March 12, 1999
After years of raids and equipment seizures against pirate radio, the Federal Communications Commission has reversed itself and proposed licensing low-watt FM stations. The FCC says it wants to diversify the monopoly-controlled airwaves by getting licenses into the hands of minorities and women. So you can expect local favorites like Silver Lake's KBLT (alternative music from a woman, Paige Jarrett) and Highland Park's Spanish-language Radio Clandestina (culturally relevant news and entertainment) back on the air, right? Wrong. Despite its public kiss-and-make-up stance, the FCC's proposed rules could disqualify any operator who has been busted for outlaw broadcasts from getting a license. In other words, "the Rosa Parks of the micro-radio movement - people who have stood up and maintained that the law is unconstitutional" - may be banned from the industry they pioneered, says Lyn Gerry of www.radio4all.org. (Jarrett was among 10 California pirate broadcasters shut down by the FCC in 1998.)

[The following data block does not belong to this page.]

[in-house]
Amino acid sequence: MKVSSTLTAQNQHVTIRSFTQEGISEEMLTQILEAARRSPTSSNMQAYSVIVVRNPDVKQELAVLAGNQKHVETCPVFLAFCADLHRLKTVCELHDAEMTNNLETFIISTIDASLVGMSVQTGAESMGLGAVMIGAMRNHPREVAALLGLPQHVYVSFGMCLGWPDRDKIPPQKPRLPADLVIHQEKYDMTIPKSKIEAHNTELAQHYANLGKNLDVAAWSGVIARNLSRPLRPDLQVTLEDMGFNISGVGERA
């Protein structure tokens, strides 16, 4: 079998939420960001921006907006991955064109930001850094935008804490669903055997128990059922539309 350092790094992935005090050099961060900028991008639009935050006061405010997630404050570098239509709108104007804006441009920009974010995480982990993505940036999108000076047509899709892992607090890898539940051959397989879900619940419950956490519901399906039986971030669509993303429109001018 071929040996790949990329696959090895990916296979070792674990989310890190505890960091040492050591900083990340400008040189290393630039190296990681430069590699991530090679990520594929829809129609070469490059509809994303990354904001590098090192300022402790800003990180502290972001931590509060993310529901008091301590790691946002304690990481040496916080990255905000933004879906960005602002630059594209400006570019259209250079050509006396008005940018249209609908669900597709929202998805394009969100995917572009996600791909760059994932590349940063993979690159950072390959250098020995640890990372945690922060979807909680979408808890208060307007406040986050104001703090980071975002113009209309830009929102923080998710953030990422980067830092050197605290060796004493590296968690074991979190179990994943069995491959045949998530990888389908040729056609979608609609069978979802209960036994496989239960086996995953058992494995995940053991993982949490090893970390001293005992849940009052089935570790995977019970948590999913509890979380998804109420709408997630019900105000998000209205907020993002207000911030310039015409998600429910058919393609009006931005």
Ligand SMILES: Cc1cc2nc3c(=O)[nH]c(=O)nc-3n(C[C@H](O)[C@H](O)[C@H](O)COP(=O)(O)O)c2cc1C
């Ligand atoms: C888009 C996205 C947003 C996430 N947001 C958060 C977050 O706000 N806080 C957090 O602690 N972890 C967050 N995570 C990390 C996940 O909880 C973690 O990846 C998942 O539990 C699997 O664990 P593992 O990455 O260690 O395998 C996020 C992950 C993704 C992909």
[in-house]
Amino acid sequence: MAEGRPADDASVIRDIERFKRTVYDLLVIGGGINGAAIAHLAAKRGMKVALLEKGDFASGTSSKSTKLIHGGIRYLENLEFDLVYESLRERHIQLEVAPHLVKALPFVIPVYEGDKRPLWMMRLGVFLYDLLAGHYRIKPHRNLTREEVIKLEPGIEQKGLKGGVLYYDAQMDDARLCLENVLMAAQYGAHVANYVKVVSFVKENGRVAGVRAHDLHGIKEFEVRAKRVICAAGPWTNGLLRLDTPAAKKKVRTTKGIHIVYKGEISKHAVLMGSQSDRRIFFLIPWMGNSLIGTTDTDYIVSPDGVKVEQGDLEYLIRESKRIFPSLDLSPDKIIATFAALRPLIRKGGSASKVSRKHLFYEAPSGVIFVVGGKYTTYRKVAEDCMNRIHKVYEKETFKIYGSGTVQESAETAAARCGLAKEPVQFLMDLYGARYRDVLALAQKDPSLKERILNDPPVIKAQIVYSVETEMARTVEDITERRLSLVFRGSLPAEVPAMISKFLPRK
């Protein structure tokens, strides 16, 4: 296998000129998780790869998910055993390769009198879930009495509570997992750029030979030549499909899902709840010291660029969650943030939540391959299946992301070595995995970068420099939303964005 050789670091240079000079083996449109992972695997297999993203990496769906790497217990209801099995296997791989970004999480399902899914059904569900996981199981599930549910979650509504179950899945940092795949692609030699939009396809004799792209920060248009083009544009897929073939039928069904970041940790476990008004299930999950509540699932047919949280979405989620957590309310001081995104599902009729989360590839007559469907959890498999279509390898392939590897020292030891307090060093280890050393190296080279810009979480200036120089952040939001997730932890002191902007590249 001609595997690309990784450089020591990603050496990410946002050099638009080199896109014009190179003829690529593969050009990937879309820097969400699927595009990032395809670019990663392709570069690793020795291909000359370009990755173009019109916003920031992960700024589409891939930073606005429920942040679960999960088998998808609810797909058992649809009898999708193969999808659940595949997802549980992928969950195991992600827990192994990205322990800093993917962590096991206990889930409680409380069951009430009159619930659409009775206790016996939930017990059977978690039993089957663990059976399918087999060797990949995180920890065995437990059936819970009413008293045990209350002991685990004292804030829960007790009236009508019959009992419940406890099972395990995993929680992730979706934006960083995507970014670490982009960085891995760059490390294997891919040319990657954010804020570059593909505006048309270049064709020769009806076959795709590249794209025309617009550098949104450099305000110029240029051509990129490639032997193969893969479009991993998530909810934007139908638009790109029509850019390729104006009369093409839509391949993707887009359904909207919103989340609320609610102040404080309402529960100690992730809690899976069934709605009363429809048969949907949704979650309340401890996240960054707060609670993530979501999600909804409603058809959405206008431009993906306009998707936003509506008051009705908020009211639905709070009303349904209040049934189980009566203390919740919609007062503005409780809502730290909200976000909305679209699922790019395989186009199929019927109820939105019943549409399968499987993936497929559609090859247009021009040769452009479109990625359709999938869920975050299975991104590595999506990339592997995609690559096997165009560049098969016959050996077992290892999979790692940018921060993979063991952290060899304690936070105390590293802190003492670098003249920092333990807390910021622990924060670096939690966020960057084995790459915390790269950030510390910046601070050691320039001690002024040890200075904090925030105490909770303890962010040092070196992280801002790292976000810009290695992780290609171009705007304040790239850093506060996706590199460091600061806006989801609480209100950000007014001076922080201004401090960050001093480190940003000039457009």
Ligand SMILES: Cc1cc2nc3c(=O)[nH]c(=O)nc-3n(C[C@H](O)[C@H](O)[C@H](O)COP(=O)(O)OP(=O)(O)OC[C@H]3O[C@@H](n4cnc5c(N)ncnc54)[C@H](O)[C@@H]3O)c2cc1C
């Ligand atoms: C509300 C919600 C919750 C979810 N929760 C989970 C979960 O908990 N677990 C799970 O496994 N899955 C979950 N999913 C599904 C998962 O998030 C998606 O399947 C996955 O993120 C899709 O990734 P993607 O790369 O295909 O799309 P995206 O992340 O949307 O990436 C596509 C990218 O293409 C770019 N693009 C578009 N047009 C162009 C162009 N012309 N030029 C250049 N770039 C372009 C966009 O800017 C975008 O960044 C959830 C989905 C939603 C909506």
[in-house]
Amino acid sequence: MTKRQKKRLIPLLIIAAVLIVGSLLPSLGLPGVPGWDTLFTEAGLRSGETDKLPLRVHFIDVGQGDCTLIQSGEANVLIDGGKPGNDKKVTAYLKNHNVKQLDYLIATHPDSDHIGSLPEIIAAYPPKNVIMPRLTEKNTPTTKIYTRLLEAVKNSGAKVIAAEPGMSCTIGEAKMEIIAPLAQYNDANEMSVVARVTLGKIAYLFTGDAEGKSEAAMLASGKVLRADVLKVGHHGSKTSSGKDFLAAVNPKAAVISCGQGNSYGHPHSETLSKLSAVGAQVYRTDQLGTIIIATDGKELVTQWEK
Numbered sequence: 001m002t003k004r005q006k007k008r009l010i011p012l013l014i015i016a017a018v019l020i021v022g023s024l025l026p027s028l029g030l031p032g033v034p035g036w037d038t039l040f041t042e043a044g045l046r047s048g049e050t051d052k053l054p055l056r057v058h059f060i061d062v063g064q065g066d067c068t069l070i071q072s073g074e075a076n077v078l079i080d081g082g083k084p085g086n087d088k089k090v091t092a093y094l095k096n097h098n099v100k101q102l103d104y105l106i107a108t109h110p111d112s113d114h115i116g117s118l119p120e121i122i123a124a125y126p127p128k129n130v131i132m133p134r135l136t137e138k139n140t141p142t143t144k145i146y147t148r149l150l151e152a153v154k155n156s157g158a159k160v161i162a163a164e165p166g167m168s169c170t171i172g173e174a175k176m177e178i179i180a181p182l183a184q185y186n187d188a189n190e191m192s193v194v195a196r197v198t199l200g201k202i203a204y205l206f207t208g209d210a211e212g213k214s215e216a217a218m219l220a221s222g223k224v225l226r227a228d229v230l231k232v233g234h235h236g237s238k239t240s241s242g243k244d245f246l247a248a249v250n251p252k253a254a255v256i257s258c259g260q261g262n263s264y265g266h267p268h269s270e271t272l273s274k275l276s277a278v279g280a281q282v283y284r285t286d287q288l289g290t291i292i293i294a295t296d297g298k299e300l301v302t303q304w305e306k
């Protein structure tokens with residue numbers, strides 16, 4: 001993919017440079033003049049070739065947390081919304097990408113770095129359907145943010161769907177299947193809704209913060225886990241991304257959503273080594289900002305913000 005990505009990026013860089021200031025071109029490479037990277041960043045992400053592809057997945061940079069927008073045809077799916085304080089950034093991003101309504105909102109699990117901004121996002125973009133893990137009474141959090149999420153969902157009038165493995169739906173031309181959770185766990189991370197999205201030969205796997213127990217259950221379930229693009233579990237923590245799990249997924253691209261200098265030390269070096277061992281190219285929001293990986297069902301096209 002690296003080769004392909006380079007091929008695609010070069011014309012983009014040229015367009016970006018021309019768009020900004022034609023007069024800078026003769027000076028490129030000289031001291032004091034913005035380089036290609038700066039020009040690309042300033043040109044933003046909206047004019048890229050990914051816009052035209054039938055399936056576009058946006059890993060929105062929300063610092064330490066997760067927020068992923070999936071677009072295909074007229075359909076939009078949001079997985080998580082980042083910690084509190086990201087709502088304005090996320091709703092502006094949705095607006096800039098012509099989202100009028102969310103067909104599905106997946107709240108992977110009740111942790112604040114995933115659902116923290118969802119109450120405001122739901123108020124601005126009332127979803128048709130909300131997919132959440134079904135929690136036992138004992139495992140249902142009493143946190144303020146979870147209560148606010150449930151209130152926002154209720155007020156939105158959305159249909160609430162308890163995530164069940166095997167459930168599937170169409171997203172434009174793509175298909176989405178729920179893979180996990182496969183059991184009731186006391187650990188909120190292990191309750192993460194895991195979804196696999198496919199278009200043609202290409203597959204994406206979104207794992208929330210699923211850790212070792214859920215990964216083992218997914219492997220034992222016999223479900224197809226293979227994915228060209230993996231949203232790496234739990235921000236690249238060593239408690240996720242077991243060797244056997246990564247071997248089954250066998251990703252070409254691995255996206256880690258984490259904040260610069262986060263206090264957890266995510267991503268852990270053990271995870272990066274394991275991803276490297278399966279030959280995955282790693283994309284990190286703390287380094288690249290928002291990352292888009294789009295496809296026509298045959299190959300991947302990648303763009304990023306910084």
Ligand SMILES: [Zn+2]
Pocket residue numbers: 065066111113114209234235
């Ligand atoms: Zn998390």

OffBeat High Seas for Pirate Radio
Even if the FCC rejects the ban, a big lobbying effort is expected from the heavyweight radio-industry trade group, the National Association of Broadcasters. What is the NAB's take on sharing the airwaves with alternative and neighborhood micro-stations? "Bad, bad, bad," says spokesperson John Earnhardt. Mike Bracy of the Low Power Radio Coalition in Washington, D.C., says the NAB packs a punch inside the Beltway "as strong as the tobacco and firearm lobby." And Congress, with its penchant for kowtowing to special interests, has the statutory muscle to bring the FCC plans to a screeching halt at any time. The FCC proposed the new licensing after receiving 13,000 Web-site hits and phone calls protesting commercial hegemony over the airwaves; the public can weigh in on the proposed rules before April 12 at www.fcc.gov/e-file/ecfs.html (mmdocket#99-25). "If people don't comment, they lose their opportunity to influence the FCC," Bracy says.
- Sara Dunn
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